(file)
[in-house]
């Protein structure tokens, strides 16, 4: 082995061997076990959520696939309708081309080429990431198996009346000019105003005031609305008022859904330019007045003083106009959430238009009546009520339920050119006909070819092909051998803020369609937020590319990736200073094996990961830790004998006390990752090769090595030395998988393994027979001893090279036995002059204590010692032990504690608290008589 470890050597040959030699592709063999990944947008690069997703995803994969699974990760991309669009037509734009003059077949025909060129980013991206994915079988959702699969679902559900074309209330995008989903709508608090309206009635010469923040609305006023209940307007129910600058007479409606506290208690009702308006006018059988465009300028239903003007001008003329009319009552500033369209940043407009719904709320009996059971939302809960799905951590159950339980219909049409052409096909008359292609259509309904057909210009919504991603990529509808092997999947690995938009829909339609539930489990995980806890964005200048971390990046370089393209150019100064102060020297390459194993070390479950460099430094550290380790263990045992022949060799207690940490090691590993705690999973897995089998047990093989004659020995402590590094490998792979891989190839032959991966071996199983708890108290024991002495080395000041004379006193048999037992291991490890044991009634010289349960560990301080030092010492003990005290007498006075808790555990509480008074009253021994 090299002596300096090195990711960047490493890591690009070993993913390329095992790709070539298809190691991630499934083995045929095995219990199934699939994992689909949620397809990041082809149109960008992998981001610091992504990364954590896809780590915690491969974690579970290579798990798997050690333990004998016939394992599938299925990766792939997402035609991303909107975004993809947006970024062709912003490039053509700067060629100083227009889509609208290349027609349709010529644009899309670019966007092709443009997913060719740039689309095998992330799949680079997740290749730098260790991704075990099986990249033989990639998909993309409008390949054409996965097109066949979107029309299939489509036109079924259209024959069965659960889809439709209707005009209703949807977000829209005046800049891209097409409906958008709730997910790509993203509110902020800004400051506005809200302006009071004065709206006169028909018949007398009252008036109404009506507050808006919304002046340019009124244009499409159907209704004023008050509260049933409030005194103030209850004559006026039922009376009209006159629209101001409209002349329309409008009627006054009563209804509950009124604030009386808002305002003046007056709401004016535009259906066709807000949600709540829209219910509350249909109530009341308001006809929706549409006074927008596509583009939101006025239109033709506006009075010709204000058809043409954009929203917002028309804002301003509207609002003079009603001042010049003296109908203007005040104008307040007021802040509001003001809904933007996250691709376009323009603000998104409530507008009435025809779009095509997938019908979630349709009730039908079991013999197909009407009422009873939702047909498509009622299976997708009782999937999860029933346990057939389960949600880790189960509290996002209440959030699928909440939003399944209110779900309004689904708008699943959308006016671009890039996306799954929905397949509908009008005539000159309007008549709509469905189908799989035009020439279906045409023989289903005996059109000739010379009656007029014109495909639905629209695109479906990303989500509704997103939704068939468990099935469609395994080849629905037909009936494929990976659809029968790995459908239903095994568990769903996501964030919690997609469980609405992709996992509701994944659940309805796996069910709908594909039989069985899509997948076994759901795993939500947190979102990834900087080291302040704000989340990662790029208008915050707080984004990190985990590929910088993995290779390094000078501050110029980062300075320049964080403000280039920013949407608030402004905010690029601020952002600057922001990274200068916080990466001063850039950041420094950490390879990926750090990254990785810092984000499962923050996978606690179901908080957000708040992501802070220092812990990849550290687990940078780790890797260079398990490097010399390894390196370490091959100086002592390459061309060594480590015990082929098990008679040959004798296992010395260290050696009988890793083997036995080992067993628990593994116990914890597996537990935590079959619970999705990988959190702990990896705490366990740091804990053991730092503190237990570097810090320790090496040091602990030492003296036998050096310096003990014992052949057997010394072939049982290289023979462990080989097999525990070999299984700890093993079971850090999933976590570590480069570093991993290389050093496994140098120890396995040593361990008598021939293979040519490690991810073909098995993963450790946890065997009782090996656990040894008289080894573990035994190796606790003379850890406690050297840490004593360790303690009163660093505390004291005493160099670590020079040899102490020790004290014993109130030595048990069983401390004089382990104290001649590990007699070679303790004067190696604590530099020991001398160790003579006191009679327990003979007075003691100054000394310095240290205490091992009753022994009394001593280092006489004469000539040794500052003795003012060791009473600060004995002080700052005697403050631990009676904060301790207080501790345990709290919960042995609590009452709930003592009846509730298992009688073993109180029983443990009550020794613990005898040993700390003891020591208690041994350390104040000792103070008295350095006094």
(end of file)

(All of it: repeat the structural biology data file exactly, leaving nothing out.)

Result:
[in-house]
């Protein structure tokens, strides 16, 4: 082995061997076990959520696939309708081309080429990431198996009346000019105003005031609305008022859904330019007045003083106009959430238009009546009520339920050119006909070819092909051998803020369609937020590319990736200073094996990961830790004998006390990752090769090595030395998988393994027979001893090279036995002059204590010692032990504690608290008589 470890050597040959030699592709063999990944947008690069997703995803994969699974990760991309669009037509734009003059077949025909060129980013991206994915079988959702699969679902559900074309209330995008989903709508608090309206009635010469923040609305006023209940307007129910600058007479409606506290208690009702308006006018059988465009300028239903003007001008003329009319009552500033369209940043407009719904709320009996059971939302809960799905951590159950339980219909049409052409096909008359292609259509309904057909210009919504991603990529509808092997999947690995938009829909339609539930489990995980806890964005200048971390990046370089393209150019100064102060020297390459194993070390479950460099430094550290380790263990045992022949060799207690940490090691590993705690999973897995089998047990093989004659020995402590590094490998792979891989190839032959991966071996199983708890108290024991002495080395000041004379006193048999037992291991490890044991009634010289349960560990301080030092010492003990005290007498006075808790555990509480008074009253021994 090299002596300096090195990711960047490493890591690009070993993913390329095992790709070539298809190691991630499934083995045929095995219990199934699939994992689909949620397809990041082809149109960008992998981001610091992504990364954590896809780590915690491969974690579970290579798990798997050690333990004998016939394992599938299925990766792939997402035609991303909107975004993809947006970024062709912003490039053509700067060629100083227009889509609208290349027609349709010529644009899309670019966007092709443009997913060719740039689309095998992330799949680079997740290749730098260790991704075990099986990249033989990639998909993309409008390949054409996965097109066949979107029309299939489509036109079924259209024959069965659960889809439709209707005009209703949807977000829209005046800049891209097409409906958008709730997910790509993203509110902020800004400051506005809200302006009071004065709206006169028909018949007398009252008036109404009506507050808006919304002046340019009124244009499409159907209704004023008050509260049933409030005194103030209850004559006026039922009376009209006159629209101001409209002349329309409008009627006054009563209804509950009124604030009386808002305002003046007056709401004016535009259906066709807000949600709540829209219910509350249909109530009341308001006809929706549409006074927008596509583009939101006025239109033709506006009075010709204000058809043409954009929203917002028309804002301003509207609002003079009603001042010049003296109908203007005040104008307040007021802040509001003001809904933007996250691709376009323009603000998104409530507008009435025809779009095509997938019908979630349709009730039908079991013999197909009407009422009873939702047909498509009622299976997708009782999937999860029933346990057939389960949600880790189960509290996002209440959030699928909440939003399944209110779900309004689904708008699943959308006016671009890039996306799954929905397949509908009008005539000159309007008549709509469905189908799989035009020439279906045409023989289903005996059109000739010379009656007029014109495909639905629209695109479906990303989500509704997103939704068939468990099935469609395994080849629905037909009936494929990976659809029968790995459908239903095994568990769903996501964030919690997609469980609405992709996992509701994944659940309805796996069910709908594909039989069985899509997948076994759901795993939500947190979102990834900087080291302040704000989340990662790029208008915050707080984004990190985990590929910088993995290779390094000078501050110029980062300075320049964080403000280039920013949407608030402004905010690029601020952002600057922001990274200068916080990466001063850039950041420094950490390879990926750090990254990785810092984000499962923050996978606690179901908080957000708040992501802070220092812990990849550290687990940078780790890797260079398990490097010399390894390196370490091959100086002592390459061309060594480590015990082929098990008679040959004798296992010395260290050696009988890793083997036995080992067993628990593994116990914890597996537990935590079959619970999705990988959190702990990896705490366990740091804990053991730092503190237990570097810090320790090496040091602990030492003296036998050096310096003990014992052949057997010394072939049982290289023979462990080989097999525990070999299984700890093993079971850090999933976590570590480069570093991993290389050093496994140098120890396995040593361990008598021939293979040519490690991810073909098995993963450790946890065997009782090996656990040894008289080894573990035994190796606790003379850890406690050297840490004593360790303690009163660093505390004291005493160099670590020079040899102490020790004290014993109130030595048990069983401390004089382990104290001649590990007699070679303790004067190696604590530099020991001398160790003579006191009679327990003979007075003691100054000394310095240290205490091992009753022994009394001593280092006489004469000539040794500052003795003012060791009473600060004995002080700052005697403050631990009676904060301790207080501790345990709290919960042995609590009452709930003592009846509730298992009688073993109180029983443990009550020794613990005898040993700390003891020591208690041994350390104040000792103070008295350095006094």